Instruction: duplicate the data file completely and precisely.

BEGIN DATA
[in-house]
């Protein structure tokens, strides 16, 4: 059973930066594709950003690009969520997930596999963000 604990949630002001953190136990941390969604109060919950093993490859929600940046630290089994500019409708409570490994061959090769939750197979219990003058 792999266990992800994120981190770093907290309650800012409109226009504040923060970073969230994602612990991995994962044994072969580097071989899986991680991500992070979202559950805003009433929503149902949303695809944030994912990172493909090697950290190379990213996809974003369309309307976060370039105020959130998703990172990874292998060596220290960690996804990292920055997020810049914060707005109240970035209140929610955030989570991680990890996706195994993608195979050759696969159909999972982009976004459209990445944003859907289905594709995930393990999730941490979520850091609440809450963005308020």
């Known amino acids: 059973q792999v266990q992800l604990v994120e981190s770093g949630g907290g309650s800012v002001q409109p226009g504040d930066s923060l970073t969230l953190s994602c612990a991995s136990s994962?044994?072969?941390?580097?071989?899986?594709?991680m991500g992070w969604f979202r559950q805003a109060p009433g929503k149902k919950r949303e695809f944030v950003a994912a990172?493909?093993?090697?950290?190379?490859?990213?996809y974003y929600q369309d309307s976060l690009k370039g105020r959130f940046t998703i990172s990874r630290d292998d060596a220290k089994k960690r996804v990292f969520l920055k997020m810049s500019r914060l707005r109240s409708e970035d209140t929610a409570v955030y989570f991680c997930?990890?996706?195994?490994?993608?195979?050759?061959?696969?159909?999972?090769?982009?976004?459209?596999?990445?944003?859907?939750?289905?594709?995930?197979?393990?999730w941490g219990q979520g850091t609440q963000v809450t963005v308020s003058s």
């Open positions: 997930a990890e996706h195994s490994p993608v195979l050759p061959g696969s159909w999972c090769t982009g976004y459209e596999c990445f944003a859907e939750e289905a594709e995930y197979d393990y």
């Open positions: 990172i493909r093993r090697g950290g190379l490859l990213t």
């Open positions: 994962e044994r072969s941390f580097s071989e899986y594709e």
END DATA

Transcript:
[in-house]
């Protein structure tokens, strides 16, 4: 059973930066594709950003690009969520997930596999963000 604990949630002001953190136990941390969604109060919950093993490859929600940046630290089994500019409708409570490994061959090769939750197979219990003058 792999266990992800994120981190770093907290309650800012409109226009504040923060970073969230994602612990991995994962044994072969580097071989899986991680991500992070979202559950805003009433929503149902949303695809944030994912990172493909090697950290190379990213996809974003369309309307976060370039105020959130998703990172990874292998060596220290960690996804990292920055997020810049914060707005109240970035209140929610955030989570991680990890996706195994993608195979050759696969159909999972982009976004459209990445944003859907289905594709995930393990999730941490979520850091609440809450963005308020």
């Known amino acids: 059973q792999v266990q992800l604990v994120e981190s770093g949630g907290g309650s800012v002001q409109p226009g504040d930066s923060l970073t969230l953190s994602c612990a991995s136990s994962?044994?072969?941390?580097?071989?899986?594709?991680m991500g992070w969604f979202r559950q805003a109060p009433g929503k149902k919950r949303e695809f944030v950003a994912a990172?493909?093993?090697?950290?190379?490859?990213?996809y974003y929600q369309d309307s976060l690009k370039g105020r959130f940046t998703i990172s990874r630290d292998d060596a220290k089994k960690r996804v990292f969520l920055k997020m810049s500019r914060l707005r109240s409708e970035d209140t929610a409570v955030y989570f991680c997930?990890?996706?195994?490994?993608?195979?050759?061959?696969?159909?999972?090769?982009?976004?459209?596999?990445?944003?859907?939750?289905?594709?995930?197979?393990?999730w941490g219990q979520g850091t609440q963000v809450t963005v308020s003058s």
């Open positions: 997930a990890e996706h195994s490994p993608v195979l050759p061959g696969s159909w999972c090769t982009g976004y459209e596999c990445f944003a859907e939750e289905a594709e995930y197979d393990y």
């Open positions: 990172i493909r093993r090697g950290g190379l490859l990213t």
């Open positions: 994962e044994r072969s941390f580097s071989e899986y594709e």